The efficacy of airflow and seat vibration on reducing visually induced motion sickness

The efficacy of airflow and seat vibration on reducing visually induced motion sickness Visually induced motion sickness (VIMS) is a well-known sensation in virtual environments and simulators, typically characterized by a variety of symptoms such as pallor, sweating, dizziness, fatigue, and/or nausea. Numerous methods to reduce VIMS have been previously introduced; however, a reliable countermeasure is still missing. In the present study, the effect of airflow and seat vibration to alleviate VIMS was investigated. Eighty-two participants were randomly assigned to one of four groups (airflow, vibration, combined airflow and vibration, and control) and then exposed to a 15 min long video of a bicycle ride shot from first-person view. VIMS was measured using the Fast Motion Sickness Scale (FMS) and the Simulator Sickness Questionnaire (SSQ). Results showed that the exposure of airflow significantly reduced VIMS, whereas the presence of seat vibration, in contrast, did not have an impact on VIMS. Additionally, we found that females reported higher FMS scores than males, however, this sex difference was not found in the SSQ scores. Our findings demonstrate that airflow can be an effective and easy-to-apply technique to reduce VIMS in virtual environments and simulators, while vibration applied to the seat is not a successful method. http://www.deepdyve.com/assets/images/DeepDyve-Logo-lg.png Experimental Brain Research Springer Journals

The efficacy of airflow and seat vibration on reducing visually induced motion sickness

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Publisher
Springer Berlin Heidelberg
Copyright
Copyright © 2017 by Springer-Verlag GmbH Germany
Subject
Biomedicine; Neurosciences; Neurology
ISSN
0014-4819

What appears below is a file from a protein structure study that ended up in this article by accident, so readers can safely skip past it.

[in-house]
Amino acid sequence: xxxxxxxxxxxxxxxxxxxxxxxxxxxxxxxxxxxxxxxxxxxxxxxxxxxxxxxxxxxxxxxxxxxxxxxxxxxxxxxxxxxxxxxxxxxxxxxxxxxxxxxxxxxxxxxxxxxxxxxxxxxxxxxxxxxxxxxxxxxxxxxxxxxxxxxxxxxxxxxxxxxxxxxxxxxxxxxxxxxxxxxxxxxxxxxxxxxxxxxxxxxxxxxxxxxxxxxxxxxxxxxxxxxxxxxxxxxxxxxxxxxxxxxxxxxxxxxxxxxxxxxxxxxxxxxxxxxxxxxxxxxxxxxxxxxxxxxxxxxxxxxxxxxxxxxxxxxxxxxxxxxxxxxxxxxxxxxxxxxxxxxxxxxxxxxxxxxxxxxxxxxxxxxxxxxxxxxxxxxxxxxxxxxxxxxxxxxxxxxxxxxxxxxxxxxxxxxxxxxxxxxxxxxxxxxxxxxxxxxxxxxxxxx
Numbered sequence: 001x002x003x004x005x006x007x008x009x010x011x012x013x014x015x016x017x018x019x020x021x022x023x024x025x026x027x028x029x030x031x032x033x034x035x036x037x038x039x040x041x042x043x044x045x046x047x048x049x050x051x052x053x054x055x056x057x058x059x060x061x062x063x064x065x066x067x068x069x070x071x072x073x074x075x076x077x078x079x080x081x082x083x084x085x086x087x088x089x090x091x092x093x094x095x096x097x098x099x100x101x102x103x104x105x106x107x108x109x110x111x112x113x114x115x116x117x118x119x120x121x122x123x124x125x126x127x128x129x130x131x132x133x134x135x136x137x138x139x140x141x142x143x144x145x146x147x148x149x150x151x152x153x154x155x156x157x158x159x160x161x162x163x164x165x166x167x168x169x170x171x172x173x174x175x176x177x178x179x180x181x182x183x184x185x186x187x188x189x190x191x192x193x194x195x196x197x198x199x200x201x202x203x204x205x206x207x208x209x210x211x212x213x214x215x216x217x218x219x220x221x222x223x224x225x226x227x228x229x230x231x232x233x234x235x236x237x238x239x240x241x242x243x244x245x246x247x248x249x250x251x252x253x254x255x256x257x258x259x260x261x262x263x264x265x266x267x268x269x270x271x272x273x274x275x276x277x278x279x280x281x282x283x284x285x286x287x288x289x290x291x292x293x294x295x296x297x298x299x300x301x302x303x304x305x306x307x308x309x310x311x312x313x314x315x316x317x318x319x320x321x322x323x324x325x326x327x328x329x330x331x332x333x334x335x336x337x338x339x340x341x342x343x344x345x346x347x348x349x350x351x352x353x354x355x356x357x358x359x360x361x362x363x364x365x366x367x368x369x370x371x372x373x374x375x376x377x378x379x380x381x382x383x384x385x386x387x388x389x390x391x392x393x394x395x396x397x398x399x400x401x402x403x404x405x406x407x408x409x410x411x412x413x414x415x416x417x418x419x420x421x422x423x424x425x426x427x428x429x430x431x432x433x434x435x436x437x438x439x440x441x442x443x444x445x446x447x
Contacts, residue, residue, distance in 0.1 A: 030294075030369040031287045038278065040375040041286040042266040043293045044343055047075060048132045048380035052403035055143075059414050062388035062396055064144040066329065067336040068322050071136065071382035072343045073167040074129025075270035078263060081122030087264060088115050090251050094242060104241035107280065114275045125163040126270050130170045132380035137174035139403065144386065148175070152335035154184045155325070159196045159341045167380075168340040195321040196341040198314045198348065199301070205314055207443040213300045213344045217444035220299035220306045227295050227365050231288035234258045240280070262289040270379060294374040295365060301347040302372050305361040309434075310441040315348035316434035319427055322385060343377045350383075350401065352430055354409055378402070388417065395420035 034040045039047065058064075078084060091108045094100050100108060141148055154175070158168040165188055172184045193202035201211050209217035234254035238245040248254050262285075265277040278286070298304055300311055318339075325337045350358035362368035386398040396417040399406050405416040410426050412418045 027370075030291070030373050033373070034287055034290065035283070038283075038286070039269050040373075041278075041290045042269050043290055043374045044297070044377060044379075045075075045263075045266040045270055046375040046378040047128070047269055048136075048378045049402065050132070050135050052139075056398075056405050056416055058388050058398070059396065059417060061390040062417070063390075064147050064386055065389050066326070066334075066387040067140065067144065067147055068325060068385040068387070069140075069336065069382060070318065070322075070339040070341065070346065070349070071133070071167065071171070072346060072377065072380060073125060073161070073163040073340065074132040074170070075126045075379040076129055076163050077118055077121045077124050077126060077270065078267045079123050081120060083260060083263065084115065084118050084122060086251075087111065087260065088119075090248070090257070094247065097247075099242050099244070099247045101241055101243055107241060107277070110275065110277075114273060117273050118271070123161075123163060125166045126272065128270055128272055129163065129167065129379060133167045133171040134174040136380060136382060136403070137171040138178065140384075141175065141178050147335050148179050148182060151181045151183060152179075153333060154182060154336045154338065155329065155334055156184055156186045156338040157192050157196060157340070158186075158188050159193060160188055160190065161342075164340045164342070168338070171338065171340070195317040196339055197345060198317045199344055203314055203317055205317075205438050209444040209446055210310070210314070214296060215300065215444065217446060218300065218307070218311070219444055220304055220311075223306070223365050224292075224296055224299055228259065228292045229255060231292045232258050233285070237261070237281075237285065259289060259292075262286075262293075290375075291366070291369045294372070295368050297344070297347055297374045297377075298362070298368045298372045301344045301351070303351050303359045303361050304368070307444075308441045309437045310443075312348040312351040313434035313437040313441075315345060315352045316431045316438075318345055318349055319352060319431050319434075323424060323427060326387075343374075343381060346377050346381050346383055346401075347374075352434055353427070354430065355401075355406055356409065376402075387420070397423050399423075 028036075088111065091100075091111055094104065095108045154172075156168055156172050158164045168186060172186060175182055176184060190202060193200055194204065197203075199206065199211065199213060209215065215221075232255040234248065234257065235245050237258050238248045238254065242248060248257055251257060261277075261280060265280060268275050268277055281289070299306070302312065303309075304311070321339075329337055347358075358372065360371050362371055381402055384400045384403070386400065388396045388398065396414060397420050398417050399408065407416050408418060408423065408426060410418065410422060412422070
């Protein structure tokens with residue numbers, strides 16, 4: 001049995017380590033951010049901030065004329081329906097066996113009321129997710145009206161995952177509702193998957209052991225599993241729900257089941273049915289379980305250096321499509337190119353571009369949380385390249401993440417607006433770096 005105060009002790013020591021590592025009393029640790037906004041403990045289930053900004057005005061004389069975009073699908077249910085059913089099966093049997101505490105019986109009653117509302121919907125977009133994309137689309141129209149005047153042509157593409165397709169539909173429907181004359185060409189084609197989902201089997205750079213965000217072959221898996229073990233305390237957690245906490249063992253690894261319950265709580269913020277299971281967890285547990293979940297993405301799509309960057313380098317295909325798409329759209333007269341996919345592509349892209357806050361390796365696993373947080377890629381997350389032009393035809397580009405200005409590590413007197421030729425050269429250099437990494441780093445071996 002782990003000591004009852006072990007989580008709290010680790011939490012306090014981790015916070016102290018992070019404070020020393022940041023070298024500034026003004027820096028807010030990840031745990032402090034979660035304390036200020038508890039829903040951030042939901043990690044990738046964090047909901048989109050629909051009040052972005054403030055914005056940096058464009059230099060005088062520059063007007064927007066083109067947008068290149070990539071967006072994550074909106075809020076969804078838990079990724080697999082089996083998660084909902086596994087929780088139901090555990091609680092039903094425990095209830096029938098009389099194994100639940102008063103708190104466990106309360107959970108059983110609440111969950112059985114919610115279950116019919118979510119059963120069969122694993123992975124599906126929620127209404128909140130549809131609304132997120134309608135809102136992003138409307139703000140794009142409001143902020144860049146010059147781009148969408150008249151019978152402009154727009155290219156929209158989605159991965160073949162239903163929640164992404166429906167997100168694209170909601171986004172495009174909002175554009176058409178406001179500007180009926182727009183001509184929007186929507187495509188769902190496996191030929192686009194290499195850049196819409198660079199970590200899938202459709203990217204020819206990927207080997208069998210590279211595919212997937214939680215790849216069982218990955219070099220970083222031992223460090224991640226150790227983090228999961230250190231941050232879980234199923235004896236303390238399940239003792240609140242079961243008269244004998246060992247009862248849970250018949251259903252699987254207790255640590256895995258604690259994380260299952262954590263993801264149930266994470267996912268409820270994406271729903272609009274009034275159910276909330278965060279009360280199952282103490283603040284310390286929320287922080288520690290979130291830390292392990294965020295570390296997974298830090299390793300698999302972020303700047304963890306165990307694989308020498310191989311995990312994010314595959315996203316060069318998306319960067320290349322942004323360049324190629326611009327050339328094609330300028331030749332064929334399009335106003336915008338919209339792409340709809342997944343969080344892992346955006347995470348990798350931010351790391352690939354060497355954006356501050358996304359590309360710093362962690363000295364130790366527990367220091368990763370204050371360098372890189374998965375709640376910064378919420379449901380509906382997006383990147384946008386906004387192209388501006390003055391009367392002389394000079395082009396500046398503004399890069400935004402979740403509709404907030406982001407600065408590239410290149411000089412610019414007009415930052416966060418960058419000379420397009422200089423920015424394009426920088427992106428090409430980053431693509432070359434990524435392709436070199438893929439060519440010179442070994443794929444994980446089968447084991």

eISSN
1432-1106
D.O.I.
10.1007/s00221-017-5009-1
Publisher site
See Article on Publisher Site

Abstract

Visually induced motion sickness (VIMS) is a well-known sensation in virtual environments and simulators, typically characterized by a variety of symptoms such as pallor, sweating, dizziness, fatigue, and/or nausea. Numerous methods to reduce VIMS have been previously introduced; however, a reliable countermeasure is still missing. In the present study, the effect of airflow and seat vibration to alleviate VIMS was investigated. Eighty-two participants were randomly assigned to one of four groups (airflow, vibration, combined airflow and vibration, and control) and then exposed to a 15 min long video of a bicycle ride shot from first-person view. VIMS was measured using the Fast Motion Sickness Scale (FMS) and the Simulator Sickness Questionnaire (SSQ). Results showed that the exposure of airflow significantly reduced VIMS, whereas the presence of seat vibration, in contrast, did not have an impact on VIMS. Additionally, we found that females reported higher FMS scores than males, however, this sex difference was not found in the SSQ scores. Our findings demonstrate that airflow can be an effective and easy-to-apply technique to reduce VIMS in virtual environments and simulators, while vibration applied to the seat is not a successful method.

Journal

Experimental Brain ResearchSpringer Journals

Published: Jun 20, 2017

References

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